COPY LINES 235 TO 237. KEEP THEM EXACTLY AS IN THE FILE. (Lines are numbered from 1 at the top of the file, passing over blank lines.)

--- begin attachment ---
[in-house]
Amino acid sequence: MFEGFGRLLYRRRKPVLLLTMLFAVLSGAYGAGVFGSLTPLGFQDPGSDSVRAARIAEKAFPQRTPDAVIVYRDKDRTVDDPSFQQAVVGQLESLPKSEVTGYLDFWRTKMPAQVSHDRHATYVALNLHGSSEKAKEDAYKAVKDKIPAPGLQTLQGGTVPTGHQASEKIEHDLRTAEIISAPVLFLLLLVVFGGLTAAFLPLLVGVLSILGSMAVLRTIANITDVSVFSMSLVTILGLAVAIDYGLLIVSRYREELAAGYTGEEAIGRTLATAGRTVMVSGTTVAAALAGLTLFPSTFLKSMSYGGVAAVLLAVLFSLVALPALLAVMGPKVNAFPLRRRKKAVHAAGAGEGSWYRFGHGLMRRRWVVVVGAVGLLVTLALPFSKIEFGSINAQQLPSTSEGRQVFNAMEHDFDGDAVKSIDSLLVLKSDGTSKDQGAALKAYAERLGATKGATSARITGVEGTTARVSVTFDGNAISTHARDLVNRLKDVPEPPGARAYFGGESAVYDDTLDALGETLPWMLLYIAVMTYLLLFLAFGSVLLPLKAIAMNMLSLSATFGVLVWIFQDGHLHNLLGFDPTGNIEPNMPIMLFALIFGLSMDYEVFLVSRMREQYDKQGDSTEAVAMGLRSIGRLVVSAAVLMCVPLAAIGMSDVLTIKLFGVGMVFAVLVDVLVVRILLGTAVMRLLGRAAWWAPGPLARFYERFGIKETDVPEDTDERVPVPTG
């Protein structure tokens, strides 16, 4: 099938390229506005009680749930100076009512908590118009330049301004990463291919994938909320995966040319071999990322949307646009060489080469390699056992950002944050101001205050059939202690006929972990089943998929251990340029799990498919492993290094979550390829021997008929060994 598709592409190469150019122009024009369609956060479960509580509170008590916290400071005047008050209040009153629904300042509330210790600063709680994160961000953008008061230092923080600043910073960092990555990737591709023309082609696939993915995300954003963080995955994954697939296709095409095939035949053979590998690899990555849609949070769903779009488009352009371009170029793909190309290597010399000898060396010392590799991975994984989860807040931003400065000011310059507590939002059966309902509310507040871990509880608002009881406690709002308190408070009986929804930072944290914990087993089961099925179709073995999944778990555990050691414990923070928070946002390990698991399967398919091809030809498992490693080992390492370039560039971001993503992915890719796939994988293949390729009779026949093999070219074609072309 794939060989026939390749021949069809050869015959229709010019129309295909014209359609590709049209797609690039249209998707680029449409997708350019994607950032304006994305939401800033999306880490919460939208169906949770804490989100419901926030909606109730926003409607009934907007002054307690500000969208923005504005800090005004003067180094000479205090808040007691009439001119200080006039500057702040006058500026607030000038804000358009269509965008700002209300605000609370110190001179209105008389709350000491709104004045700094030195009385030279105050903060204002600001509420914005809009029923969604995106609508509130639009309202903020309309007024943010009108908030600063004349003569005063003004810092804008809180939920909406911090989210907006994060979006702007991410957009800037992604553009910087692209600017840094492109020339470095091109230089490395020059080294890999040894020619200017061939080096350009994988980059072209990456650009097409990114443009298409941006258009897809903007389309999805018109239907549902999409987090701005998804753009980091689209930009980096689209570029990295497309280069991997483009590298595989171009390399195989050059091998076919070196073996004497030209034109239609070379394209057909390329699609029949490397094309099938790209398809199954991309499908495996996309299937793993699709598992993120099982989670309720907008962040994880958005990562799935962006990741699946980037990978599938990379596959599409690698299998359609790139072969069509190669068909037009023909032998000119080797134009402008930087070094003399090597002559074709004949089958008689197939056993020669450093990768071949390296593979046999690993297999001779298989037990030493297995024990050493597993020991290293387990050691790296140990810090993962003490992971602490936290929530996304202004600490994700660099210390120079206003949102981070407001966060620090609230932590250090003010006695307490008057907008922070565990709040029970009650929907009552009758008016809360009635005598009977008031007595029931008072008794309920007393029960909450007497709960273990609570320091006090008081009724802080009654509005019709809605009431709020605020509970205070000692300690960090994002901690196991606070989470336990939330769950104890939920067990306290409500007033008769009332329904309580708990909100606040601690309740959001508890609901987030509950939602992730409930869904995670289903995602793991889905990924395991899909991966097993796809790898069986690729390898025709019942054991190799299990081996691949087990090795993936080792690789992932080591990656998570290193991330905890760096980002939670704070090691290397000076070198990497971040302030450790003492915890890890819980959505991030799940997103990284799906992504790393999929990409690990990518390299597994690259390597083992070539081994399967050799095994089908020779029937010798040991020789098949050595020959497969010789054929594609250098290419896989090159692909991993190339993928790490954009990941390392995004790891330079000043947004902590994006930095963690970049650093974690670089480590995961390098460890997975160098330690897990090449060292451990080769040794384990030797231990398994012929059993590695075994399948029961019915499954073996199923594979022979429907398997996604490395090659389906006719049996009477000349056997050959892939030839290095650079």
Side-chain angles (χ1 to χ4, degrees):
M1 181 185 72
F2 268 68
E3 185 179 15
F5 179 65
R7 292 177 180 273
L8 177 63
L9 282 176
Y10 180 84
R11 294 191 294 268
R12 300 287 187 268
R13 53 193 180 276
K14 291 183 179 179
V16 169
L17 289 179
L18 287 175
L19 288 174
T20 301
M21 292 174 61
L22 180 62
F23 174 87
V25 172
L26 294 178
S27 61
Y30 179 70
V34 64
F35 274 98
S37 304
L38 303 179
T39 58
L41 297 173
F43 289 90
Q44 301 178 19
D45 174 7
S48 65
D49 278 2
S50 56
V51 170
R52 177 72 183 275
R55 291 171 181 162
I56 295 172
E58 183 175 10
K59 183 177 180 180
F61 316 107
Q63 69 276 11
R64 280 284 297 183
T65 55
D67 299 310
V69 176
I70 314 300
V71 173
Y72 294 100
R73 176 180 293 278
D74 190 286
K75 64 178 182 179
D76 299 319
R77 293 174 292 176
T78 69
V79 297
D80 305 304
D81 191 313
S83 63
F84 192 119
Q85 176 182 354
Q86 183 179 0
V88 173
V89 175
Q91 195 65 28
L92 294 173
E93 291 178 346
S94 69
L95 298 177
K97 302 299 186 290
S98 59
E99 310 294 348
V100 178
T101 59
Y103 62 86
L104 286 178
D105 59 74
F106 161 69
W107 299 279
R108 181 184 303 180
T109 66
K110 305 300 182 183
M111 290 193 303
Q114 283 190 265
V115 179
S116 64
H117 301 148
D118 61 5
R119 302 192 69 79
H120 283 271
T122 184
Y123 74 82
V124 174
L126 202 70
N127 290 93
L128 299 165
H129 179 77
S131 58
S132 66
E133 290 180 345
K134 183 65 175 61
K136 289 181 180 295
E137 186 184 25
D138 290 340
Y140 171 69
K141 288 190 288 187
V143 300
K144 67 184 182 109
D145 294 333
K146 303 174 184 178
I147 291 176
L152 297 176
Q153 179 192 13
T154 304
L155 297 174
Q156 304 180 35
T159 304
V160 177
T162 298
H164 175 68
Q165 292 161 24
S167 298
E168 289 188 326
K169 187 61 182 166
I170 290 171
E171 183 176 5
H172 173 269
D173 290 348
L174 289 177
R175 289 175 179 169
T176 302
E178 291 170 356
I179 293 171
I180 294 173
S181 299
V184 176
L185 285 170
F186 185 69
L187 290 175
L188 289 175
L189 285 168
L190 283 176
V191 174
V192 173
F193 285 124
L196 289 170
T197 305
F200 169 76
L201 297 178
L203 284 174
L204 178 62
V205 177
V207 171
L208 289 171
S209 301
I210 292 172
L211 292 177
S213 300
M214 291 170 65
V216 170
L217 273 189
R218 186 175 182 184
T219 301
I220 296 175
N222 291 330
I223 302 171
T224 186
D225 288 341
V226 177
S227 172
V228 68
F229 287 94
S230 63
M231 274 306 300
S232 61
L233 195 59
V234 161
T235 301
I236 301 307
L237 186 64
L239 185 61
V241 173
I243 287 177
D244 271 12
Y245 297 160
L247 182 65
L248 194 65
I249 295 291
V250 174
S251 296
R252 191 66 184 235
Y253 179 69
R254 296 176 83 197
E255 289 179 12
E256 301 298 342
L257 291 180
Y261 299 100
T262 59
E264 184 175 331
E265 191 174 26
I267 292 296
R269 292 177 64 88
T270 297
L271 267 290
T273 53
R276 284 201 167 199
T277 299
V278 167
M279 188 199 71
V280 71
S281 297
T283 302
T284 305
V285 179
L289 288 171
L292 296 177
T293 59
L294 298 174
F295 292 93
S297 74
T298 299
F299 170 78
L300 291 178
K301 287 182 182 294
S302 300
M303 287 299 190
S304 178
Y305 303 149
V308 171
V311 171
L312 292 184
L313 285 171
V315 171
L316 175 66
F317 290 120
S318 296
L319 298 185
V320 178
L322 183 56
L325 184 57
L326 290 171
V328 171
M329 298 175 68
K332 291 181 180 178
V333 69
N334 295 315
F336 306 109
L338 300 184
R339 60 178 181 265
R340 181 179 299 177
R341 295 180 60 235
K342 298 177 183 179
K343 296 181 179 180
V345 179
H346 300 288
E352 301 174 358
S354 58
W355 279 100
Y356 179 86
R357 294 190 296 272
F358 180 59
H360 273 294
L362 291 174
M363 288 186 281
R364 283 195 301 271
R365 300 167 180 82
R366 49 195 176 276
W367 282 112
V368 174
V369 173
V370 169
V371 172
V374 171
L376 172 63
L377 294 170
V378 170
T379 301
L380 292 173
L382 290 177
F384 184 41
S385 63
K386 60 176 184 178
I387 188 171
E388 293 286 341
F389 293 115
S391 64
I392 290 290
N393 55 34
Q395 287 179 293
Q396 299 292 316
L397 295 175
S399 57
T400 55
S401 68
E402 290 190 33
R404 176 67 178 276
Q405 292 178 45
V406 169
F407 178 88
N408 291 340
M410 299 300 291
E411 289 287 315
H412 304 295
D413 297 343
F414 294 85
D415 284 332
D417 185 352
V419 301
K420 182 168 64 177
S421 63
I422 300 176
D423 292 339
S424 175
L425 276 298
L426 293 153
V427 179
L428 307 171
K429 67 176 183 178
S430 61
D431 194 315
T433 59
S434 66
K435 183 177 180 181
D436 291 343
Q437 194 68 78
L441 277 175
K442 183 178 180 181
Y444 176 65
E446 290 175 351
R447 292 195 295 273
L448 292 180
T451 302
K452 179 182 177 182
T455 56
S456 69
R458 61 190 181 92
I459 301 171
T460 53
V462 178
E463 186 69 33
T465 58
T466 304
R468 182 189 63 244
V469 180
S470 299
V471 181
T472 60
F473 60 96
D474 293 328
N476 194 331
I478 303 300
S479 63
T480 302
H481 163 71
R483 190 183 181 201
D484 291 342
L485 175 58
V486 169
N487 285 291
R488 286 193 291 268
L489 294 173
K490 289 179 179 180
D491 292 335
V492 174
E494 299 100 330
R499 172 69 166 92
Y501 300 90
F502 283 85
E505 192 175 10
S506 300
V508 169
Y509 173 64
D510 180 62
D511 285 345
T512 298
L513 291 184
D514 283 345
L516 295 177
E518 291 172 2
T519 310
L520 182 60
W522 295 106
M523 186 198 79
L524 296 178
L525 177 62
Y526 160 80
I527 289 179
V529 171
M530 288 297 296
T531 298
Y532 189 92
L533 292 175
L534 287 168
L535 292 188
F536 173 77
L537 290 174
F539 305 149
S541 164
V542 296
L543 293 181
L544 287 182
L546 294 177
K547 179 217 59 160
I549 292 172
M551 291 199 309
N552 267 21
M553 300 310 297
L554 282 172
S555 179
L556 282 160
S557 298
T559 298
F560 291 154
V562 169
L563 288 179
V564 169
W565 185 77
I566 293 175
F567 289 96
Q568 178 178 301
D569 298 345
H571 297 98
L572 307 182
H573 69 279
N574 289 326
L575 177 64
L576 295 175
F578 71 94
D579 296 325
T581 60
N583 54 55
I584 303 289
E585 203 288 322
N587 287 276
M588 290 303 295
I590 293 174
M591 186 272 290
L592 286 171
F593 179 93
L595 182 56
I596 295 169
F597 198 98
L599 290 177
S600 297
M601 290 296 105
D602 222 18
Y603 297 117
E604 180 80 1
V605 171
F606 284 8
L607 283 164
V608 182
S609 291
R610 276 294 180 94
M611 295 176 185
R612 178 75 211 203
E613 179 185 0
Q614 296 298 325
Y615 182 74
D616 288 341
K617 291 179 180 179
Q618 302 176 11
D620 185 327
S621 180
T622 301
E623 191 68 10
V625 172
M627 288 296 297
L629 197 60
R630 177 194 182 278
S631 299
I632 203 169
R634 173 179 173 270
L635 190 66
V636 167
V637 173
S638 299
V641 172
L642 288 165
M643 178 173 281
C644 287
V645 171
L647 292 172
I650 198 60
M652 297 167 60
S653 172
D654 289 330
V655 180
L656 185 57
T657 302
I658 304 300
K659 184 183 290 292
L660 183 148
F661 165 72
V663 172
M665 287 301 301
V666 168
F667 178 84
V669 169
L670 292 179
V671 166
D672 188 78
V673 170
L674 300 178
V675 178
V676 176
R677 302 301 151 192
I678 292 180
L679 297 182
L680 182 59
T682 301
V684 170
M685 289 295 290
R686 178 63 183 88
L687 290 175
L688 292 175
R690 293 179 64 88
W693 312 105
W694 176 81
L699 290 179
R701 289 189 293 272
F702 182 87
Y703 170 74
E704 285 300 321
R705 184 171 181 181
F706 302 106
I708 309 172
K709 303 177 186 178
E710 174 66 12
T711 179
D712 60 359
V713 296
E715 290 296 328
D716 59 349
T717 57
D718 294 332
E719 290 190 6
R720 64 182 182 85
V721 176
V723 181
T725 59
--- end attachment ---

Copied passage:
V308 171
V311 171
L312 292 184